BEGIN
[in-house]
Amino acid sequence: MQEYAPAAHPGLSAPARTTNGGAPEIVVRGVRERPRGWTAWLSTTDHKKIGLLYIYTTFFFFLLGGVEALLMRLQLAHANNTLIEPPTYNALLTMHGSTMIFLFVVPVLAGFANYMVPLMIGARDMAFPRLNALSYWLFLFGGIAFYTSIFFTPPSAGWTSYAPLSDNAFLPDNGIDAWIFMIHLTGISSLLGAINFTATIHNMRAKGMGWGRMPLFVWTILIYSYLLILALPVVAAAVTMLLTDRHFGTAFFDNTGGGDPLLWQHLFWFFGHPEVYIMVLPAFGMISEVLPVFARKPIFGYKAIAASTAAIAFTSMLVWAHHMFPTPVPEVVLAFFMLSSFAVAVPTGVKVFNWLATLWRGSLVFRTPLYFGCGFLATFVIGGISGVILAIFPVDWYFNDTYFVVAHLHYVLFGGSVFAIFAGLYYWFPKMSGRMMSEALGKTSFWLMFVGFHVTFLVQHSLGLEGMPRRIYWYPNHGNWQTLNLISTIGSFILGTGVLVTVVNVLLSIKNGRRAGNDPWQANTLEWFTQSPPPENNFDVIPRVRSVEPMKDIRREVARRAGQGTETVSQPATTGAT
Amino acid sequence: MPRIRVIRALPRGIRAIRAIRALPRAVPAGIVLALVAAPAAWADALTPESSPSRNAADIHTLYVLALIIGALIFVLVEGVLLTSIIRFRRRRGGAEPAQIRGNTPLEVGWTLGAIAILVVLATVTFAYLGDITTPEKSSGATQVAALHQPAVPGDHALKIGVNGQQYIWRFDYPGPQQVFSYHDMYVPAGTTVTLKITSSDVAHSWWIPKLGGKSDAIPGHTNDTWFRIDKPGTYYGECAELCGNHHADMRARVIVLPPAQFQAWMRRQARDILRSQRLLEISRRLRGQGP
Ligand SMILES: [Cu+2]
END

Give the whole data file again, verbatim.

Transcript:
[in-house]
Amino acid sequence: MQEYAPAAHPGLSAPARTTNGGAPEIVVRGVRERPRGWTAWLSTTDHKKIGLLYIYTTFFFFLLGGVEALLMRLQLAHANNTLIEPPTYNALLTMHGSTMIFLFVVPVLAGFANYMVPLMIGARDMAFPRLNALSYWLFLFGGIAFYTSIFFTPPSAGWTSYAPLSDNAFLPDNGIDAWIFMIHLTGISSLLGAINFTATIHNMRAKGMGWGRMPLFVWTILIYSYLLILALPVVAAAVTMLLTDRHFGTAFFDNTGGGDPLLWQHLFWFFGHPEVYIMVLPAFGMISEVLPVFARKPIFGYKAIAASTAAIAFTSMLVWAHHMFPTPVPEVVLAFFMLSSFAVAVPTGVKVFNWLATLWRGSLVFRTPLYFGCGFLATFVIGGISGVILAIFPVDWYFNDTYFVVAHLHYVLFGGSVFAIFAGLYYWFPKMSGRMMSEALGKTSFWLMFVGFHVTFLVQHSLGLEGMPRRIYWYPNHGNWQTLNLISTIGSFILGTGVLVTVVNVLLSIKNGRRAGNDPWQANTLEWFTQSPPPENNFDVIPRVRSVEPMKDIRREVARRAGQGTETVSQPATTGAT
Amino acid sequence: MPRIRVIRALPRGIRAIRAIRALPRAVPAGIVLALVAAPAAWADALTPESSPSRNAADIHTLYVLALIIGALIFVLVEGVLLTSIIRFRRRRGGAEPAQIRGNTPLEVGWTLGAIAILVVLATVTFAYLGDITTPEKSSGATQVAALHQPAVPGDHALKIGVNGQQYIWRFDYPGPQQVFSYHDMYVPAGTTVTLKITSSDVAHSWWIPKLGGKSDAIPGHTNDTWFRIDKPGTYYGECAELCGNHHADMRARVIVLPPAQFQAWMRRQARDILRSQRLLEISRRLRGQGP
Ligand SMILES: [Cu+2]